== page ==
Migration Forecasts – What’s the impact on the property market? - October 2020
October 27, 2020 / Written by Rich Harvey
By Guest Blogger, Terry Ryder, founder,
hotspotting.com.au and propertyU
I’ve always thought that population growth has been over-rated as a factor in determining real estate price growth.
I’m not suggesting it doesn’t play a role but it’s not the essential ingredient that some would have us believe.
Some so-called property advisers claim that the best strategy for property investors is to follow the population growth trends – simply buy in the places where population is growing the most.
But the outcomes show that this is simplistic nonsense.
The Gold Coast has been a long-time national leader on population growth but is a perennial under-achiever on capital growth.
Going back 6-7 years, Wyndham City in the south-west of Melbourne was attracting nation-leading population growth but property prices fell.
The problem for both the Gold Coast and Wyndham City was over-supply. It doesn’t matter what your positive growth drivers are, if developers over-react and build too much new product prices will not rise and will most likely fall.
A recent report which attracted some media publicity suggested the growth corridor between the Gold Coast and the Brisbane, the Coomera precinct, was one of the best places to invest because of the strong population growth. This, again, was simplistic and ultimately bad advice.
This region is attracting big population uplift because there’s land available to create new housing estates – and the proliferation of new house-and-land packages tends to suppress price growth. This is true of many of the leading areas on population growth.
Or take Sydney’s south west region around Leppington which is proposed to have a 150% population growth over the next 20 years. But this population growth will also be countered by increasing land supply in new subdivisions for house and land development to accommodate the influx of population.
Let’s look at it from the flipside. What happens when a location doesn’t attract population growth – or its usual rate of population growth wanes? This is an important question right now because the pandemic has closed our national borders and we’re not receiving the usual level of overseas migration.
The official projections suggest a significant decline in our population growth rates.
Darwin provides a clue to the answer. The Northern Territory has really struggled as an economy and the Darwin market has been in the doldrums for the past half dozen years. There’s been little or no population growth in recent years.
But suddenly Darwin has popped up as a national leader on price growth, with strong uplift in August and September. Why? Because it’s benefiting from the Exodus to Affordable Lifestyle, with more and more Australians abandoning the biggest cities and finding cheaper places to live that offer lifestyle (and perhaps safety from the pandemic), while working remotely in many cases.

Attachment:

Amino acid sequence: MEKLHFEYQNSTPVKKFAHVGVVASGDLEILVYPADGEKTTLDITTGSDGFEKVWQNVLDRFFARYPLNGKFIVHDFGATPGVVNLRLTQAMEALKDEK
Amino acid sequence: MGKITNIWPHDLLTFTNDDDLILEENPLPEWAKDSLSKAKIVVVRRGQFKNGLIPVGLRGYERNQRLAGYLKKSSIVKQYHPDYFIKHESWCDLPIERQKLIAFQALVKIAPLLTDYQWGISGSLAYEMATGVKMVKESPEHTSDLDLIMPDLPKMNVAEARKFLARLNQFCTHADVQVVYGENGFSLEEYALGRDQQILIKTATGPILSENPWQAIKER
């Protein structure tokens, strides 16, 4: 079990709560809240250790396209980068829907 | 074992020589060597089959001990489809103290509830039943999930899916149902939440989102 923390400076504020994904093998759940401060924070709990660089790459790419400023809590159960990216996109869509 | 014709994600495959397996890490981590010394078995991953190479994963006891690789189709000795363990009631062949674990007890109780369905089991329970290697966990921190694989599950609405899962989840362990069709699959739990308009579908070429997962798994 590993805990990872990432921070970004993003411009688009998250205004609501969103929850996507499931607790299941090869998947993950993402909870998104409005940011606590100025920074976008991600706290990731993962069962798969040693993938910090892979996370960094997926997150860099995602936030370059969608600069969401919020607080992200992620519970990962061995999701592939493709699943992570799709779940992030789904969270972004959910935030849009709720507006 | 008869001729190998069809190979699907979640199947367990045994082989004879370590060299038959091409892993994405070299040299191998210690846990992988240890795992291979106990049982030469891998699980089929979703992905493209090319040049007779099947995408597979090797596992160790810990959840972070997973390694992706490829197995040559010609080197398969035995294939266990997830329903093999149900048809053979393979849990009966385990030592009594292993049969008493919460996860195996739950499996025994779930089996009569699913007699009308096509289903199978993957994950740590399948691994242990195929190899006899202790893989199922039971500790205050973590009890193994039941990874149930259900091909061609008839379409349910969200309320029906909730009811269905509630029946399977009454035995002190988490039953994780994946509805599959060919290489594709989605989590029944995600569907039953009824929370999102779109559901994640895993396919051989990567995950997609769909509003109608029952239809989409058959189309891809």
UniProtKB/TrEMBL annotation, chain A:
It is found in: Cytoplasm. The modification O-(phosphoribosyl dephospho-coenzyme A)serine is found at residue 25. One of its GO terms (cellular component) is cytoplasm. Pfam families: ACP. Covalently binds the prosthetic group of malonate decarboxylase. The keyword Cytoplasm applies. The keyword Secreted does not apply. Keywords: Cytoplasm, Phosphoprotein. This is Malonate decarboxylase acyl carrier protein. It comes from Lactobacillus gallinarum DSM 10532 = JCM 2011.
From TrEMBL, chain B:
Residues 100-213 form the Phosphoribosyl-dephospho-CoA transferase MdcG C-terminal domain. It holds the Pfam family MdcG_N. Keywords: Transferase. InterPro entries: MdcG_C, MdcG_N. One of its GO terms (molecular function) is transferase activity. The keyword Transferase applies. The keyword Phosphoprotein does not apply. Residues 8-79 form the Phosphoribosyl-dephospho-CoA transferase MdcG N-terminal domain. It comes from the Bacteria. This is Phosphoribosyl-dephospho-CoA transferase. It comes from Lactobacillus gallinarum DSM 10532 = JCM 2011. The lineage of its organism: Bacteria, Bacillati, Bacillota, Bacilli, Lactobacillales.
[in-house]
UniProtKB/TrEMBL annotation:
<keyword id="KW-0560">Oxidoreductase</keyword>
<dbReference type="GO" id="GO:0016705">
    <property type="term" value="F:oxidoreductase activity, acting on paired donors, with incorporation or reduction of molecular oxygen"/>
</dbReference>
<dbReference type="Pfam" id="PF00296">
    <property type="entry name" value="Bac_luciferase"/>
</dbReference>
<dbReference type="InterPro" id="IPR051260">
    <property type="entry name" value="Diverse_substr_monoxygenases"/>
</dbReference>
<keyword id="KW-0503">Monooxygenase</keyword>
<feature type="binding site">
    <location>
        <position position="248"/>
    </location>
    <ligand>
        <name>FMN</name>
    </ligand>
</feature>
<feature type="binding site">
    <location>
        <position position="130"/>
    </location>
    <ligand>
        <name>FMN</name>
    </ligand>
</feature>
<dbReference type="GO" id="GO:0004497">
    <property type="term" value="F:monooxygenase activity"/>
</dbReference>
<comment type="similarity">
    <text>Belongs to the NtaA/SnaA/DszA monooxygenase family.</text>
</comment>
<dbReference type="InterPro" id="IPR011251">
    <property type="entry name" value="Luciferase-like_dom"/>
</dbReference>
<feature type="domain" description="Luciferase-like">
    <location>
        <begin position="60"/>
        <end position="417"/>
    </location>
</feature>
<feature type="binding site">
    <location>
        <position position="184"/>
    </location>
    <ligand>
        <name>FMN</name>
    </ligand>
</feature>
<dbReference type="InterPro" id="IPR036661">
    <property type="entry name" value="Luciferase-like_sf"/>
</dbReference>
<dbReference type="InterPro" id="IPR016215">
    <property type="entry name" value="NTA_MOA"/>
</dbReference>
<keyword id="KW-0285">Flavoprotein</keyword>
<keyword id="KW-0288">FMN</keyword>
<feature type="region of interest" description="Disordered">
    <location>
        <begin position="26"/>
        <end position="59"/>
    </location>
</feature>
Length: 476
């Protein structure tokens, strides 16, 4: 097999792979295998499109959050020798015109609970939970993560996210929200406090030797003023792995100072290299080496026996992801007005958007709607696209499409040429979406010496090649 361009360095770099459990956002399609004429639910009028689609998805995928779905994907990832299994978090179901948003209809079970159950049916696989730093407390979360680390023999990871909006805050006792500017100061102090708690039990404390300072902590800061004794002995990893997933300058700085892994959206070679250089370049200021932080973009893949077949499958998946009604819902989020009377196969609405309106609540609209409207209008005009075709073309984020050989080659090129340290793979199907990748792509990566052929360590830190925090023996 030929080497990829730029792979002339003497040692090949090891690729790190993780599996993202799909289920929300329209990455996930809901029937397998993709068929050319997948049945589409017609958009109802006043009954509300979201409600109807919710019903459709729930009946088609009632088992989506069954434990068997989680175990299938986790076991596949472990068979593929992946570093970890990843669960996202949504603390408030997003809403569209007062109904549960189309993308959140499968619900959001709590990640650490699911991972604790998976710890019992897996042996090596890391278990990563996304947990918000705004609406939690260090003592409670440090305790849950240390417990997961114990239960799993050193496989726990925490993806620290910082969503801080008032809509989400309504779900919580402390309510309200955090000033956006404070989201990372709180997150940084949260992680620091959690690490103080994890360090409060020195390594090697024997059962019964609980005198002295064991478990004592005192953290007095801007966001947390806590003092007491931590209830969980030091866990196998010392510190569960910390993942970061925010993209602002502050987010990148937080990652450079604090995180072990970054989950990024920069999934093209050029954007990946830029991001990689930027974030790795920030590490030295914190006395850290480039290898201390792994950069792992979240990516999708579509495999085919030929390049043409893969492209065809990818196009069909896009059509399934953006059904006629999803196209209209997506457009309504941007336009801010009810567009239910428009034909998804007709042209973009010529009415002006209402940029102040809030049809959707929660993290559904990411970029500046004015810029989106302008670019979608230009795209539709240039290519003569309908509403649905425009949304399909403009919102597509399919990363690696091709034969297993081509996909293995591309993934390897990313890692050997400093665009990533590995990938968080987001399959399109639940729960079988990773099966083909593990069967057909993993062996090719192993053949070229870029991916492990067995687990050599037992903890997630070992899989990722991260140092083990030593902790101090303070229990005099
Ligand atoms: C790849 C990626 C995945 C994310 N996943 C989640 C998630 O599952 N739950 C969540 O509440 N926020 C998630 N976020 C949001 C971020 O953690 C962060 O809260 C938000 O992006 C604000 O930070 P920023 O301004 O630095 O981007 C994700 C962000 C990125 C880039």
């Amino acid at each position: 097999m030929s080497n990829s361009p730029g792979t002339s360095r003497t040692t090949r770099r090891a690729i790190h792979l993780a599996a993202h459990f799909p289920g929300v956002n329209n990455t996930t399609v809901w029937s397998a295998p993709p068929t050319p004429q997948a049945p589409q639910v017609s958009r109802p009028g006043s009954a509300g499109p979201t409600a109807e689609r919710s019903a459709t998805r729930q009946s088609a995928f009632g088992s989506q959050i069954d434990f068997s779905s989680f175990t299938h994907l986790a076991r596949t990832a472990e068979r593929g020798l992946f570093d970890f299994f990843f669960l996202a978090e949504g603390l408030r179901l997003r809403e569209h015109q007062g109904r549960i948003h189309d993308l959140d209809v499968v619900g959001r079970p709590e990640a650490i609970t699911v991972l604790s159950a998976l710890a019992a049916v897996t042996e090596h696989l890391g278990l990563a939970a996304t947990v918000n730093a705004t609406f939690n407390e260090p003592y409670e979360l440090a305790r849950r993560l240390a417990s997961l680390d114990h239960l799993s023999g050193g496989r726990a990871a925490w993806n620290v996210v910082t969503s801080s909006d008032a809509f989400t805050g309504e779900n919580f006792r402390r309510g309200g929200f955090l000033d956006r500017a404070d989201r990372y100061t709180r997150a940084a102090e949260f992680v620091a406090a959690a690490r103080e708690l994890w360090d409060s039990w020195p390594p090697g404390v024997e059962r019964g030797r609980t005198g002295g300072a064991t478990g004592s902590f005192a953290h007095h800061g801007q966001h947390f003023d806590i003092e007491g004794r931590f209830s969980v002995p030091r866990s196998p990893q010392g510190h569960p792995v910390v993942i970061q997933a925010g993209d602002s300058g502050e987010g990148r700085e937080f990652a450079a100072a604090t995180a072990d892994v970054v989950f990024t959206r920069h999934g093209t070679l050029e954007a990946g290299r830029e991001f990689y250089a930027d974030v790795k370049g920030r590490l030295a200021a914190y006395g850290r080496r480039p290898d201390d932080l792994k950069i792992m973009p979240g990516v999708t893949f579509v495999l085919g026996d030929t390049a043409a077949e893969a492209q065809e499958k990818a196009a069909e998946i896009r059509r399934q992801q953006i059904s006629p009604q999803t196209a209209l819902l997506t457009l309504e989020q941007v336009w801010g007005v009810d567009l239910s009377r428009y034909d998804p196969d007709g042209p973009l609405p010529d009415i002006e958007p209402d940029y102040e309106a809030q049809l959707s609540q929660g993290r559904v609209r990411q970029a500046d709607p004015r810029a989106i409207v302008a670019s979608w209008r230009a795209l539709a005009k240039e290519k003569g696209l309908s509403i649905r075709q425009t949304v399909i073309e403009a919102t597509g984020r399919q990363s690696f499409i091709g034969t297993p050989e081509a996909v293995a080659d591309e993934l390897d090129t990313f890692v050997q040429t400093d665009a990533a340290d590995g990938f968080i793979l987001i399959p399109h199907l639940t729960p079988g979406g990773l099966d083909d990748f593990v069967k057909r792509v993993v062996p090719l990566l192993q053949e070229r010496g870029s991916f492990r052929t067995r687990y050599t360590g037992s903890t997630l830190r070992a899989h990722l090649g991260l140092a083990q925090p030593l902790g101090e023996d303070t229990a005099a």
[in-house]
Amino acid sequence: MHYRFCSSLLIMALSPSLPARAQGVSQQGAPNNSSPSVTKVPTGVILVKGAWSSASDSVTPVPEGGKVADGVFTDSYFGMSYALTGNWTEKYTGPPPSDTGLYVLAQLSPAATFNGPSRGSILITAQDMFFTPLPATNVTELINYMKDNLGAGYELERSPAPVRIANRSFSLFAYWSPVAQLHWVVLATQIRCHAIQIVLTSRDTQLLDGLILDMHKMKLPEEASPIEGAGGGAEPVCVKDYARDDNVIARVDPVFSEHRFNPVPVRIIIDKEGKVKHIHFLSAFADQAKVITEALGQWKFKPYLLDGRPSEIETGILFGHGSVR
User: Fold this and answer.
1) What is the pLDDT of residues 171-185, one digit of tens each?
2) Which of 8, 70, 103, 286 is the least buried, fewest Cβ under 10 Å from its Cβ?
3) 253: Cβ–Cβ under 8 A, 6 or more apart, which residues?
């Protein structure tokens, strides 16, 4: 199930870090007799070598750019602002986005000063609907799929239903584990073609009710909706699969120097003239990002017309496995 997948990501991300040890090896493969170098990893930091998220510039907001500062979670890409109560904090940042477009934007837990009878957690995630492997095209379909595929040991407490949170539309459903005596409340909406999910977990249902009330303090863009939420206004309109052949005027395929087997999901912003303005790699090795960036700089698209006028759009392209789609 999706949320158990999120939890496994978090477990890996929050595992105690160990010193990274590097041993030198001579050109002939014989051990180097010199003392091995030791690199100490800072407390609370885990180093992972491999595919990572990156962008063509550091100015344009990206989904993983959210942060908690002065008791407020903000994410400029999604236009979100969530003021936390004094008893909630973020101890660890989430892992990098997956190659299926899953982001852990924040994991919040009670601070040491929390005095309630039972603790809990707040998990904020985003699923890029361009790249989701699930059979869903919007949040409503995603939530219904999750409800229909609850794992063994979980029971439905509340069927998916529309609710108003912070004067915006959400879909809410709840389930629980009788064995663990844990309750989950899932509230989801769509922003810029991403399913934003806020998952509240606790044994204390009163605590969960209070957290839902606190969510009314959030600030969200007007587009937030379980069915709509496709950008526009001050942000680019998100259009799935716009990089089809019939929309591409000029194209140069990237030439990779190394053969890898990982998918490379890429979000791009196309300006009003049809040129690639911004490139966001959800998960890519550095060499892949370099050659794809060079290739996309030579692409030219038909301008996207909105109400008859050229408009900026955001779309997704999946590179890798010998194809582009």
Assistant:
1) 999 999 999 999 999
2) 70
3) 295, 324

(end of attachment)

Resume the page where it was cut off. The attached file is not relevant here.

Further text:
This is a clue to the likely outcomes in a nation where population growth is no longer being boosted by overseas migrants.
For most locations in the nation, the absence of people moving to Australia from overseas is irrelevant. Far more pertinent are the numbers moving from one part of Australia to another.
So, small capital cities like Perth, Brisbane, Darwin and Hobart are doing pretty well and will continue to. Brisbane has achieved good population growth in recent years, but overseas migrants have not been a key factor – it’s been driven by people moving from other parts of Australia to South-East Queensland. This trend is being enhanced by the Exodus trend.
Many of our key regional centres will continue to pump strongly, because of that same trend. Overseas migration has never been a major component of their growth and these centres will remain largely oblivious to the reduction in foreign migrants. Far more impactful will be the positive trend of growing numbers moving from other parts of Australia.
The places most likely to be affected by declining population growth rates are Sydney and Melbourne. They’re the cities that attract the bulk of the overseas migration and they’re the places that are losing the most to the internal Exodus trend.
Sydney has been a net loser to internal migration for several years and has relied on new residents from overseas for its growth.
But selected markets in two biggest cities will continue to do well – mostly likely the upper end of the market. And any negative impacts are likely to be short-term, as we are now seeing the first steps in the easing of restrictions on overseas visitors through the bubble with New Zealand.
However, tightly held suburbs in the larger cities are still likely to perform well as the supply of dwellings has always been limited. Investors and home buyers need to make an informed decision on the individual suburb they are targeting and not glibly accept a sensational headline that lower migration will cause a market crash. Using an independent and local expert buyer’s agent can help you uncover the best suburbs for future capital growth.
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